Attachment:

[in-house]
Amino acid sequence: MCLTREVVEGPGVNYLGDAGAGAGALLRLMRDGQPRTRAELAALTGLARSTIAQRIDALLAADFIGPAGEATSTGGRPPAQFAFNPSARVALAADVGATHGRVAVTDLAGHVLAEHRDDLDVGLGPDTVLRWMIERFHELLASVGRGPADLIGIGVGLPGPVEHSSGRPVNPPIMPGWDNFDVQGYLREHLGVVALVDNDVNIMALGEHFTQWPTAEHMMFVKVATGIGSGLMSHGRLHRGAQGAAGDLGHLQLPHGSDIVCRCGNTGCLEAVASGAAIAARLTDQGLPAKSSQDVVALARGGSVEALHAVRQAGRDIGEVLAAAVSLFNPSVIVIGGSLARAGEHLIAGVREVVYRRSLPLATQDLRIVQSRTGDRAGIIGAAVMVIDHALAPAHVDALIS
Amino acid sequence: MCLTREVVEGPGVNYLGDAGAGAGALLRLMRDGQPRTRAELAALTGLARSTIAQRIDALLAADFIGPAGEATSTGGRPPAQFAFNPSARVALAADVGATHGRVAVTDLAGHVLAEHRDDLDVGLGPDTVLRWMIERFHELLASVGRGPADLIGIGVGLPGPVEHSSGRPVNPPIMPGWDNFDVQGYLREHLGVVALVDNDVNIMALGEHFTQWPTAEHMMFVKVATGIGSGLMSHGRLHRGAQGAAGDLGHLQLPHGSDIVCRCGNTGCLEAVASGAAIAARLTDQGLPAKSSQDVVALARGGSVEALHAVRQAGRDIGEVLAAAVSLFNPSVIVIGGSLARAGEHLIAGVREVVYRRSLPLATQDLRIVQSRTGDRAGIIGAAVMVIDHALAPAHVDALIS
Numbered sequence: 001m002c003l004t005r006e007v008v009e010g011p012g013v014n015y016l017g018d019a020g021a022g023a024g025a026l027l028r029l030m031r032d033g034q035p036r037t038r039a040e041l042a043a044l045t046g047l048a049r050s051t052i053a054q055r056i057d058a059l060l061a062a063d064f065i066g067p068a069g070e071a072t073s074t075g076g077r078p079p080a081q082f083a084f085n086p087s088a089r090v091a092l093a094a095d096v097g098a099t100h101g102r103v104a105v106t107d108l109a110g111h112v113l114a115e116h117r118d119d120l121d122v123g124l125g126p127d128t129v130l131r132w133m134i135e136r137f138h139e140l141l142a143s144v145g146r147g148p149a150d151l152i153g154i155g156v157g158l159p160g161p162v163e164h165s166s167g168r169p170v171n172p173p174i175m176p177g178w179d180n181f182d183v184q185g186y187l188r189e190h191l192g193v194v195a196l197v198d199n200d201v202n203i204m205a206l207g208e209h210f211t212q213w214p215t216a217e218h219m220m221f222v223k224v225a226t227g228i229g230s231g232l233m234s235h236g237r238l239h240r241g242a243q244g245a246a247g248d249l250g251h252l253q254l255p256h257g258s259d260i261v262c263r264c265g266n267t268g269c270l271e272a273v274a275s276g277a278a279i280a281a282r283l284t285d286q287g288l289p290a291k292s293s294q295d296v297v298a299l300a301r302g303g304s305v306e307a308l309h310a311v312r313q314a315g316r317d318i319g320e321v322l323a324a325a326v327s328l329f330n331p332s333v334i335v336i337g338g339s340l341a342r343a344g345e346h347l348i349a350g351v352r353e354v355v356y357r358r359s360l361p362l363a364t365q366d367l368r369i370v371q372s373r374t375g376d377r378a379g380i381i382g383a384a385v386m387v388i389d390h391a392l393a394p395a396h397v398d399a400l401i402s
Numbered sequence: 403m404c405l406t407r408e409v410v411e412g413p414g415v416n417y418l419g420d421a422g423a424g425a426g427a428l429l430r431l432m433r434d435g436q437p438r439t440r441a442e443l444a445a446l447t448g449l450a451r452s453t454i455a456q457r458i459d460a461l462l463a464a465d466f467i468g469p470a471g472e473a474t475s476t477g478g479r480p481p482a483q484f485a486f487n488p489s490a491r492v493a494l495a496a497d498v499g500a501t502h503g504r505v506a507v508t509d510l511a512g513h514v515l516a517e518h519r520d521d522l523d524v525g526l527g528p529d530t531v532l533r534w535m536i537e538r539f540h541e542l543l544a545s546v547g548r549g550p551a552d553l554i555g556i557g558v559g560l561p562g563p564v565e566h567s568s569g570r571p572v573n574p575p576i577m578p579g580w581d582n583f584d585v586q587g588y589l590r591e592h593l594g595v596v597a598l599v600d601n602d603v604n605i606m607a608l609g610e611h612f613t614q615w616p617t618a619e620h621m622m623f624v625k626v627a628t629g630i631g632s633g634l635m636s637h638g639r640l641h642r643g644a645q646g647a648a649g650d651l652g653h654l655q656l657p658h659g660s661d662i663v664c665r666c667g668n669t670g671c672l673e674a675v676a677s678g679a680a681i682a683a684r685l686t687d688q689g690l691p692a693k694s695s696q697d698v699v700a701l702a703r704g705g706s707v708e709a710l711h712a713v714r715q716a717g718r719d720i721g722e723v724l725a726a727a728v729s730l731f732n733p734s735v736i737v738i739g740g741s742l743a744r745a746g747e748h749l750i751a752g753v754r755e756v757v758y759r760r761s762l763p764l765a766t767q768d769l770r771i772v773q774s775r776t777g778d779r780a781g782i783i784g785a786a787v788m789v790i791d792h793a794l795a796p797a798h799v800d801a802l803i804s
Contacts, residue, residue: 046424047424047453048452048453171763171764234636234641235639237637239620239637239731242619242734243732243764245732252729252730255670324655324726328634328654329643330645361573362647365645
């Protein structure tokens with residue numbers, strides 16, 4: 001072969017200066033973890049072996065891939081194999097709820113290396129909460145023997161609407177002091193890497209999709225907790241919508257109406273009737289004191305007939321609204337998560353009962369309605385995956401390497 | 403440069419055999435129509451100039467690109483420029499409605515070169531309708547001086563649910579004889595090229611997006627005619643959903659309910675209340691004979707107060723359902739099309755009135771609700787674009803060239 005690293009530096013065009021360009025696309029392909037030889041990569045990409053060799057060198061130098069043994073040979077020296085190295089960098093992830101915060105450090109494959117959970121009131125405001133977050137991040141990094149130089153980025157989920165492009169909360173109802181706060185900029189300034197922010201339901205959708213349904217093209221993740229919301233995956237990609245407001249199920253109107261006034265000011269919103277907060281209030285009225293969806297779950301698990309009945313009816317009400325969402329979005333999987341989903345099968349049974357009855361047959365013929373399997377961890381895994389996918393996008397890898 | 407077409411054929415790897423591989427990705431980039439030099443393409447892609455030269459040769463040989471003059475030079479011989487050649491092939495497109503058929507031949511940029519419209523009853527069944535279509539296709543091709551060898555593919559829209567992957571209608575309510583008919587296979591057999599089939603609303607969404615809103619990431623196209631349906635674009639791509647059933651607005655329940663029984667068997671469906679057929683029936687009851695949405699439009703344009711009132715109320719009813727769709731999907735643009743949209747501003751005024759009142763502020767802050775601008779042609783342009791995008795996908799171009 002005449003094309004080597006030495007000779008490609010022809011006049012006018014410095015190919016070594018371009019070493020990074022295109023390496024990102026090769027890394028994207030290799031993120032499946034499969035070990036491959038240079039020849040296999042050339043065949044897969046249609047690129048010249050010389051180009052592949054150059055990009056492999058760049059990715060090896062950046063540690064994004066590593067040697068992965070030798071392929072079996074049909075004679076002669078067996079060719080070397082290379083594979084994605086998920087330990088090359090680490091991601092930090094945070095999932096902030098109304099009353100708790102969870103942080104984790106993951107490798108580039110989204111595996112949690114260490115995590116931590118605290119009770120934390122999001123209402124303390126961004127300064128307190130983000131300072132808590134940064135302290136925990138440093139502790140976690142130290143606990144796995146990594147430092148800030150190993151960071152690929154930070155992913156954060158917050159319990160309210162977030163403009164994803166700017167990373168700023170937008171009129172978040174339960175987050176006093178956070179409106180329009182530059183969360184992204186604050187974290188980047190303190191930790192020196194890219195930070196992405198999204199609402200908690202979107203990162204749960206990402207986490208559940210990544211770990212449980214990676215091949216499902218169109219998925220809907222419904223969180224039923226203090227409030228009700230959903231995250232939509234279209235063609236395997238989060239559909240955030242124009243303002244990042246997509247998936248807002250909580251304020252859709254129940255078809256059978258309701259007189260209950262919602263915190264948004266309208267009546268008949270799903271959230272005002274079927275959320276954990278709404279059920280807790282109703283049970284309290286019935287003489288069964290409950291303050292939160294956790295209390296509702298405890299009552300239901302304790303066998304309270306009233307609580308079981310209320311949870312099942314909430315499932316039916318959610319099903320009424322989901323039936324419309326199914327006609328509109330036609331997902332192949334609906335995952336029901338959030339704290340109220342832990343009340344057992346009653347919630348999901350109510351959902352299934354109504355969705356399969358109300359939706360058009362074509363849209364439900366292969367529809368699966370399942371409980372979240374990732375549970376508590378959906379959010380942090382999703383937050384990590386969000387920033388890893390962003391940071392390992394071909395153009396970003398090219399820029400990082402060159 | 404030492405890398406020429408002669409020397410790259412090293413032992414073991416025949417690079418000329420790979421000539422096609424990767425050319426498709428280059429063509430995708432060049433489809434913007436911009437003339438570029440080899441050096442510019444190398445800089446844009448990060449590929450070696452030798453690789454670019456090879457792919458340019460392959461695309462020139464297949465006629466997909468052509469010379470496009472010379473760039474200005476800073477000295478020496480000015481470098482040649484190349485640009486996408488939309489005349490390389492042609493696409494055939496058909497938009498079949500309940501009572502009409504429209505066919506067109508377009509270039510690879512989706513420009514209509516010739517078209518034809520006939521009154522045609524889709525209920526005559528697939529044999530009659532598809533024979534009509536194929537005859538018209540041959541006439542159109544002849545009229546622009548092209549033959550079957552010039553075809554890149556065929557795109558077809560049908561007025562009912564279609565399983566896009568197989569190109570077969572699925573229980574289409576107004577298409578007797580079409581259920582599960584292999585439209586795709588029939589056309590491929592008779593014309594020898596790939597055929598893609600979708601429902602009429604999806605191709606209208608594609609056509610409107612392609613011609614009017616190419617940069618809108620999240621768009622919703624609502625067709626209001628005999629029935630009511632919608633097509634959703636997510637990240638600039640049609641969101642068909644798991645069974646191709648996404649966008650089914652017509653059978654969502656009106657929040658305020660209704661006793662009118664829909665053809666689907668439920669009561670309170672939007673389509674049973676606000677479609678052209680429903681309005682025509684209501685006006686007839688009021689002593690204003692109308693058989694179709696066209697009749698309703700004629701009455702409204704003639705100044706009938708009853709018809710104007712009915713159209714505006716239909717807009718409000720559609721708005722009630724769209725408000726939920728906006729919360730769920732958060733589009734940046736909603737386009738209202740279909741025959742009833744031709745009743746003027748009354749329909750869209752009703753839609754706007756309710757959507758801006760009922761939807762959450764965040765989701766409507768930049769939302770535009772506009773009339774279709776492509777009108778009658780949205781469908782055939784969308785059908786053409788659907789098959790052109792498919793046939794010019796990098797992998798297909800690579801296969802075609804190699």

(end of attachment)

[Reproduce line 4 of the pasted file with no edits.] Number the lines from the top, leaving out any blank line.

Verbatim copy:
Numbered sequence: 001m002c003l004t005r006e007v008v009e010g011p012g013v014n015y016l017g018d019a020g021a022g023a024g025a026l027l028r029l030m031r032d033g034q035p036r037t038r039a040e041l042a043a044l045t046g047l048a049r050s051t052i053a054q055r056i057d058a059l060l061a062a063d064f065i066g067p068a069g070e071a072t073s074t075g076g077r078p079p080a081q082f083a084f085n086p087s088a089r090v091a092l093a094a095d096v097g098a099t100h101g102r103v104a105v106t107d108l109a110g111h112v113l114a115e116h117r118d119d120l121d122v123g124l125g126p127d128t129v130l131r132w133m134i135e136r137f138h139e140l141l142a143s144v145g146r147g148p149a150d151l152i153g154i155g156v157g158l159p160g161p162v163e164h165s166s167g168r169p170v171n172p173p174i175m176p177g178w179d180n181f182d183v184q185g186y187l188r189e190h191l192g193v194v195a196l197v198d199n200d201v202n203i204m205a206l207g208e209h210f211t212q213w214p215t216a217e218h219m220m221f222v223k224v225a226t227g228i229g230s231g232l233m234s235h236g237r238l239h240r241g242a243q244g245a246a247g248d249l250g251h252l253q254l255p256h257g258s259d260i261v262c263r264c265g266n267t268g269c270l271e272a273v274a275s276g277a278a279i280a281a282r283l284t285d286q287g288l289p290a291k292s293s294q295d296v297v298a299l300a301r302g303g304s305v306e307a308l309h310a311v312r313q314a315g316r317d318i319g320e321v322l323a324a325a326v327s328l329f330n331p332s333v334i335v336i337g338g339s340l341a342r343a344g345e346h347l348i349a350g351v352r353e354v355v356y357r358r359s360l361p362l363a364t365q366d367l368r369i370v371q372s373r374t375g376d377r378a379g380i381i382g383a384a385v386m387v388i389d390h391a392l393a394p395a396h397v398d399a400l401i402s